'This is crazy': How an 'esoteric' project by German university professors is using novels to predict the next war
In 2017 in the town of Tübingen, Germany, three university professors came up with Project Cassandra — an initiative that proposed using fiction novels to study political situations. The idea seemed unusual, to say the least, but Project Cassandra went ahead as planned. And journalist Philip Oltermann, writing about Project Cassandra in an article published by The Guardian on June 26, notes that in fact, some fiction novels have predicted the types of things that actually happened in real life.
"The idea that novelists are modern-day Cassandras — 'speaking always truths, never grasped as true' — may sound positively esoteric," Oltermann explains. "There are tons of listicles on the internet hailing books that predicted events before their time, but most of these are accidental acts of clairvoyance by sci-fi writers describing futuristic technological equipment."
Oltermann goes on to cite examples of fiction novels that predicted actual events.
The journalist notes, "In 1914's 'The World Set Free,' HG Wells wrote about atomic bombs whose radioactive elements contaminate battlefields — three decades before Hiroshima and Nagasaki. British author John Brunner's 'Stand On Zanzibar' from 1968 imagined Europe's states forming a collective union, China's rise as a global power, the economic decline of Detroit and the inauguration of a 'President Obomi.' And, naturally, there is George Orwell's '1984,' in which a one-party state uses 'telescreens' to identify people from their expressions and heart rate — written more than half a century before the NSA's Prism surveillance program and China using facial recognition software to track its citizens."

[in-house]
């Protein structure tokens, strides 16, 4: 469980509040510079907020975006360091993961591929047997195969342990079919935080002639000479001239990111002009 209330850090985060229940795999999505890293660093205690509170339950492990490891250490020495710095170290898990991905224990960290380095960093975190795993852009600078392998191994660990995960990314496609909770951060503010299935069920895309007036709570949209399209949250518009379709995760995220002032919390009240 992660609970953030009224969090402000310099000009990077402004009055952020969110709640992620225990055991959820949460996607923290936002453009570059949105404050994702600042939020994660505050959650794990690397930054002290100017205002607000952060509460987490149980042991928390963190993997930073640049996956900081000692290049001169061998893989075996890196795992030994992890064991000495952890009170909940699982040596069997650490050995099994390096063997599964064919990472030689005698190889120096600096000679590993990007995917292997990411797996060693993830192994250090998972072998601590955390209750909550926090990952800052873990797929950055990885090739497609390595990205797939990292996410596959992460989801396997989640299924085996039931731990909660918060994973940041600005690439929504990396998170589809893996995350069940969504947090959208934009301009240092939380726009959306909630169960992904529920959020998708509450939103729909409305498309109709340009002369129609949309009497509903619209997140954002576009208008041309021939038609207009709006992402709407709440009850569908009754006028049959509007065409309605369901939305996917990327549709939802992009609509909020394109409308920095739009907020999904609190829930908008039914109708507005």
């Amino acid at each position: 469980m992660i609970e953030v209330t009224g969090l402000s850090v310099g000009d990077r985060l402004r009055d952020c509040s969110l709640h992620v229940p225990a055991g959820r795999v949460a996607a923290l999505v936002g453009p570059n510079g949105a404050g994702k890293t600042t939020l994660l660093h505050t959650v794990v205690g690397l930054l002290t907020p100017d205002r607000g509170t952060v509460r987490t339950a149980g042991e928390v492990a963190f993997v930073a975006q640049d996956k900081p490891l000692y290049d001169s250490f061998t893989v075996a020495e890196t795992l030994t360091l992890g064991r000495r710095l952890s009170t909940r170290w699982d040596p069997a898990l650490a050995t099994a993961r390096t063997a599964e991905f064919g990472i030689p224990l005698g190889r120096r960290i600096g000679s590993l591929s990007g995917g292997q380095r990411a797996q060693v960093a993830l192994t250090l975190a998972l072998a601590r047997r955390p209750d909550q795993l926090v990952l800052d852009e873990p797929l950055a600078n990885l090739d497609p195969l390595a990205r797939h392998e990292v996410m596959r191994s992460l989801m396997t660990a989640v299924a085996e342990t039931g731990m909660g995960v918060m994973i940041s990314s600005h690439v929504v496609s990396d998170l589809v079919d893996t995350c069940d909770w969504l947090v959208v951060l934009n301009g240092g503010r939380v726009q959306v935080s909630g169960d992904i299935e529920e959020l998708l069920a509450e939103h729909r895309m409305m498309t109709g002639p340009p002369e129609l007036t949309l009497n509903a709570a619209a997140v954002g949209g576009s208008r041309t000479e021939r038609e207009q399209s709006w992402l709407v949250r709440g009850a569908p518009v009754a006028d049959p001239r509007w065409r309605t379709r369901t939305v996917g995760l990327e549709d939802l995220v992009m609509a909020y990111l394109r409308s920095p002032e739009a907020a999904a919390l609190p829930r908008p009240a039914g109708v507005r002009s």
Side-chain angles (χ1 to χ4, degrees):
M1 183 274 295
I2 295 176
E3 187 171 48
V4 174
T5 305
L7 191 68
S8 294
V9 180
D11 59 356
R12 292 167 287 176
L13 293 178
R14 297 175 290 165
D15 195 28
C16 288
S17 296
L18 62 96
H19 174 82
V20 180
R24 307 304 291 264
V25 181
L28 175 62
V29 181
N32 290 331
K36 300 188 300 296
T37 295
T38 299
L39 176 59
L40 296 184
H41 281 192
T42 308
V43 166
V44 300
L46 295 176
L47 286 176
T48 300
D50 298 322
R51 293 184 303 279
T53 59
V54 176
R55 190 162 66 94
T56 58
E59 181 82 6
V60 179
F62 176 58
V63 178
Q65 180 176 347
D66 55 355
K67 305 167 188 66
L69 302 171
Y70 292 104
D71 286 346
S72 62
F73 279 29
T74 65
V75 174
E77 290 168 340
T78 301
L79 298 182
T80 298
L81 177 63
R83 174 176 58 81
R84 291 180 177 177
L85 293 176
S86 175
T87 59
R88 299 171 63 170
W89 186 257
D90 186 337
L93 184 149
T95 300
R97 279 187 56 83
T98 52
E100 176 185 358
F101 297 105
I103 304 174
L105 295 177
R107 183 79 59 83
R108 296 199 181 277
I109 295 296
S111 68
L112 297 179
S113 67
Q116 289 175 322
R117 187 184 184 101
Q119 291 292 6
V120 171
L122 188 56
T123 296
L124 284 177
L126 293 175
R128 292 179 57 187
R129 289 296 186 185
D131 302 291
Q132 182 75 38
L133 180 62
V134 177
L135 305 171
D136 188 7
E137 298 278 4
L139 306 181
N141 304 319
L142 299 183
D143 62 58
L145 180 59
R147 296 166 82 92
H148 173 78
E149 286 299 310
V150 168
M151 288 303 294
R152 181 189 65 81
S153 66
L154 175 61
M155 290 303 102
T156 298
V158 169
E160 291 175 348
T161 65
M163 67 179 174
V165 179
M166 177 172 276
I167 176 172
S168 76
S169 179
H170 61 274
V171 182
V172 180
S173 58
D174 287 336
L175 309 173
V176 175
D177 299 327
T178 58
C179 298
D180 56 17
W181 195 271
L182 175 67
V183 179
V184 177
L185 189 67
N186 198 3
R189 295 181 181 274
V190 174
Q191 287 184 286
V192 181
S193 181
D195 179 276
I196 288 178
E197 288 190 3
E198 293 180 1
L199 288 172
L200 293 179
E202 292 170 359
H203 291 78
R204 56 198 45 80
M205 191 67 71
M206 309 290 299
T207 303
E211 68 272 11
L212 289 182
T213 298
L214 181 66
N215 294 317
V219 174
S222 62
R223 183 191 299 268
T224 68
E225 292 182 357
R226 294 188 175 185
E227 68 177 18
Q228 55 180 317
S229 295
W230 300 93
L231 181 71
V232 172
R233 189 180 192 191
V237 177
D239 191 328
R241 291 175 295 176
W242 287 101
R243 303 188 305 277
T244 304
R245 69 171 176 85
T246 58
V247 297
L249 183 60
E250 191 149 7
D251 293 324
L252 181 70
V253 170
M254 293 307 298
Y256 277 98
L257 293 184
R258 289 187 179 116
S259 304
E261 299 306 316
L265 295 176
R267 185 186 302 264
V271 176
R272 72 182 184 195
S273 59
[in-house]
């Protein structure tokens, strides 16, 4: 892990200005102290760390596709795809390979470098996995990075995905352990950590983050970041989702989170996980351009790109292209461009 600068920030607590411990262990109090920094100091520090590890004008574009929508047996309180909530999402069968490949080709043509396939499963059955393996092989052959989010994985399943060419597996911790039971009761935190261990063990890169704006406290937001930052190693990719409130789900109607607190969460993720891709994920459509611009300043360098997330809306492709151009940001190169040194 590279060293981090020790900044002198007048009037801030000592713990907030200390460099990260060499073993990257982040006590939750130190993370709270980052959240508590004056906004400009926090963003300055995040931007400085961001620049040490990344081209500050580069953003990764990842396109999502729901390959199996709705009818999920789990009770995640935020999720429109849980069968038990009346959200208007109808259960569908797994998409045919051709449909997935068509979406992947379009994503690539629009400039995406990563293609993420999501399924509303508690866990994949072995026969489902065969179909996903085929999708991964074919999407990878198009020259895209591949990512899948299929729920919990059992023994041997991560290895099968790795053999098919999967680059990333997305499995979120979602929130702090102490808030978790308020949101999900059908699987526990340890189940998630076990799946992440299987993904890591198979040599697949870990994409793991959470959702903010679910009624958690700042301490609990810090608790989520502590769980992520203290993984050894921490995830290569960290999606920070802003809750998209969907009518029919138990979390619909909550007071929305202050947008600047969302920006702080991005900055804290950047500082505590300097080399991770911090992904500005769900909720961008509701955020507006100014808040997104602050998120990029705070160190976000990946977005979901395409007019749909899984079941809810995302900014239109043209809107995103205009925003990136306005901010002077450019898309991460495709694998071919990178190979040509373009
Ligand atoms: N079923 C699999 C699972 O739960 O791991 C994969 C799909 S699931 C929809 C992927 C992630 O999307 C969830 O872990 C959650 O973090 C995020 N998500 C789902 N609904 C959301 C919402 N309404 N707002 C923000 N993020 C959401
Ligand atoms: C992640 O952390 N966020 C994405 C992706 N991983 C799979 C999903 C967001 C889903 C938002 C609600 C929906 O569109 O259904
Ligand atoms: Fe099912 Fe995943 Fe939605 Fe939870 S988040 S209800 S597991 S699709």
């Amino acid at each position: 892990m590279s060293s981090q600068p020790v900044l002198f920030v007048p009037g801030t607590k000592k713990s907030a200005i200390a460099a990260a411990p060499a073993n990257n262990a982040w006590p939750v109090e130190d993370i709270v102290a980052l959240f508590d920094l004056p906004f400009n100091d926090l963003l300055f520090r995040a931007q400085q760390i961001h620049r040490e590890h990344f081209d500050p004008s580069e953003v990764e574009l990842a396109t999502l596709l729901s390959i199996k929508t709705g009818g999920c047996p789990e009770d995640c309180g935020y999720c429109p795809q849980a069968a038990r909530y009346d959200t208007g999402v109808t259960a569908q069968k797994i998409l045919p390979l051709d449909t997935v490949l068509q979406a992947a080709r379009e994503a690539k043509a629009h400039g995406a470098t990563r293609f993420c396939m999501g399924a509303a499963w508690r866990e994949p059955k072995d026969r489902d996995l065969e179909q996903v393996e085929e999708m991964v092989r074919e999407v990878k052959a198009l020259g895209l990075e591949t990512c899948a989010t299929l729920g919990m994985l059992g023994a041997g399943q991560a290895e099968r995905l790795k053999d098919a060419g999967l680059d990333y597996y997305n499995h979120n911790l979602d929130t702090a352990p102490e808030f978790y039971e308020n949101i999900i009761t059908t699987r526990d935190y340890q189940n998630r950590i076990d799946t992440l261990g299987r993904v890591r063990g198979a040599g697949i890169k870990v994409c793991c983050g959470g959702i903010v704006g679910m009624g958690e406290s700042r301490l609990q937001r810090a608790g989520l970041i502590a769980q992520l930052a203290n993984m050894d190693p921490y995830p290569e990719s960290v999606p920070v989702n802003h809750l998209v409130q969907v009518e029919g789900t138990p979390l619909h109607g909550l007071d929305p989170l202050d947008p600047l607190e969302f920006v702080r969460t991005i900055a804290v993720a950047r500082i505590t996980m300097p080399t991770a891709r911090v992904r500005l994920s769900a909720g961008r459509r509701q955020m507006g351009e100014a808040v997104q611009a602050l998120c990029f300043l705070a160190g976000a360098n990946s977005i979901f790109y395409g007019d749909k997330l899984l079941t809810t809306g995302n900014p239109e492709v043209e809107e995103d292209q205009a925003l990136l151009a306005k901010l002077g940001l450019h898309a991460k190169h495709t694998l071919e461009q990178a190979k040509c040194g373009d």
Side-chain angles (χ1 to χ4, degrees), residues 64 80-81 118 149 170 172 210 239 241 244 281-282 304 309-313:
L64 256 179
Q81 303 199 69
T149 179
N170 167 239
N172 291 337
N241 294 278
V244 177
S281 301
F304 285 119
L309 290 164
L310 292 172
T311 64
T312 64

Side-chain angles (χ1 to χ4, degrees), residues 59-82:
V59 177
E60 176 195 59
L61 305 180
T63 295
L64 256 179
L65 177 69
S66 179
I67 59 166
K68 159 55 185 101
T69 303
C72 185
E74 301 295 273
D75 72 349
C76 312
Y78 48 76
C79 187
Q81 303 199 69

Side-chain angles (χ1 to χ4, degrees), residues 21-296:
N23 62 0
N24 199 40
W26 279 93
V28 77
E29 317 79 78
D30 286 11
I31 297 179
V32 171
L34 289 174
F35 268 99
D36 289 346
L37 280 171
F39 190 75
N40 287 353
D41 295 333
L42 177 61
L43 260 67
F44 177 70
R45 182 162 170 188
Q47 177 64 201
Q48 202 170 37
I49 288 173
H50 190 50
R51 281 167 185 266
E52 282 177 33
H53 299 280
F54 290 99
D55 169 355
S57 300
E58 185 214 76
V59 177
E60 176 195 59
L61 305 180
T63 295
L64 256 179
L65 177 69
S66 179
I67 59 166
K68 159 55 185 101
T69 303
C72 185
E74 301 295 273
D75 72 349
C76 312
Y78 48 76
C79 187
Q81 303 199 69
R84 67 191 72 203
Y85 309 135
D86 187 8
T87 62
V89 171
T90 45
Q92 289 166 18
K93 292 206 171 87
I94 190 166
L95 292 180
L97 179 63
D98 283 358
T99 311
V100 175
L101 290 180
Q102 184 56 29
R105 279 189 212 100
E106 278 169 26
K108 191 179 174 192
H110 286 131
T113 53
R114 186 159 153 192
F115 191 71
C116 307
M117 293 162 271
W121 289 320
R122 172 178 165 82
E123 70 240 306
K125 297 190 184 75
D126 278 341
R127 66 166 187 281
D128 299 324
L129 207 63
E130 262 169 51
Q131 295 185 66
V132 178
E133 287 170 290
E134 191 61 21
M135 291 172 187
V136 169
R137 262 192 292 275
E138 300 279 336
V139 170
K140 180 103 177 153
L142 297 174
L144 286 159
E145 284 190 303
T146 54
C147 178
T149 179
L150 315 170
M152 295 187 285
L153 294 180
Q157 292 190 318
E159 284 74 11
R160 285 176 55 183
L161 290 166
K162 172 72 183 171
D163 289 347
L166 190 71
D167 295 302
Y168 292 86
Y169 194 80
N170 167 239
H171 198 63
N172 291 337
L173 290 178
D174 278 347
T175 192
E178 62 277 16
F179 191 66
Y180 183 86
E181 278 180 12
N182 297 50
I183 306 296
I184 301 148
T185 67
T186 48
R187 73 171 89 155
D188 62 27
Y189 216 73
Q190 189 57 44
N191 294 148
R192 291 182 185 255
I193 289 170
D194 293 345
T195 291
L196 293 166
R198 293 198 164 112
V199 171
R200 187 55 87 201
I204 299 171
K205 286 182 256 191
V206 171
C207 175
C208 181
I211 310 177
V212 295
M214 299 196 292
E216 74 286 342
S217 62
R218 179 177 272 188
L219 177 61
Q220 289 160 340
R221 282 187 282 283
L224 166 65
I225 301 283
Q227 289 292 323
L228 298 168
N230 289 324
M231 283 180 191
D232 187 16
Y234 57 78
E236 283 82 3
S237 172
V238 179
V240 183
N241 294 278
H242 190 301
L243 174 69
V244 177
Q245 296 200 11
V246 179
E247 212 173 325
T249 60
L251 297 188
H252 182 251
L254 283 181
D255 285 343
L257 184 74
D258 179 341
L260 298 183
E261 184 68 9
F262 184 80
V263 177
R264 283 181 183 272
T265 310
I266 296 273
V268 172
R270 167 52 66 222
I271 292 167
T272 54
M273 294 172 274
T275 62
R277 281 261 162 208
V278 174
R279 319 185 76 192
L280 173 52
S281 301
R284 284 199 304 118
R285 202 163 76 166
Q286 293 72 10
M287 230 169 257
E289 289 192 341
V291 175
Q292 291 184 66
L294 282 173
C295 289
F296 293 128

Similarly, the 1973 science fiction film "Soylent Green" (starring Charlton Heston and Edward G. Robinson) predicted that in the year 2022, abusing the world with pollution and fossil fuels would have dire environmental, economic and political consequences — and with 2022 only a year away, climate change is showing that "Soylent Green" wasn't so far-fetched. Spoiler alert: Soylent Green is made of people.
Jürgen Wertheimer, one of the German literary scholars involved in Project Cassandra, told The Guardian, "Writers represent reality in such a way that their readers can instantly visualize a world and recognize themselves inside it. They operate on a plane that is both objective and subjective, creating inventories of the emotional interiors of individual lives throughout history."
According to Oltermann, the Cassandra Project's "dry run was to demonstrate how the war in Kosovo and the rise of Boko Haram could have been predicted through the study of literary texts."
And as "esoteric" as the Cassandra Project seemed when it started, Oltermann observes, the German Defense Ministry has provided funding for it.
"The German Defense Ministry decided to extend Project Cassandra's funding by two years," Oltermann notes. "It wanted Wertheimer's team to develop a method for converting literary insights into hard facts that could be used by military strategists or operatives: 'emotional maps' of crisis regions, especially in Africa and the Middle East, that measured 'the rise of violent language in chronological order.'"
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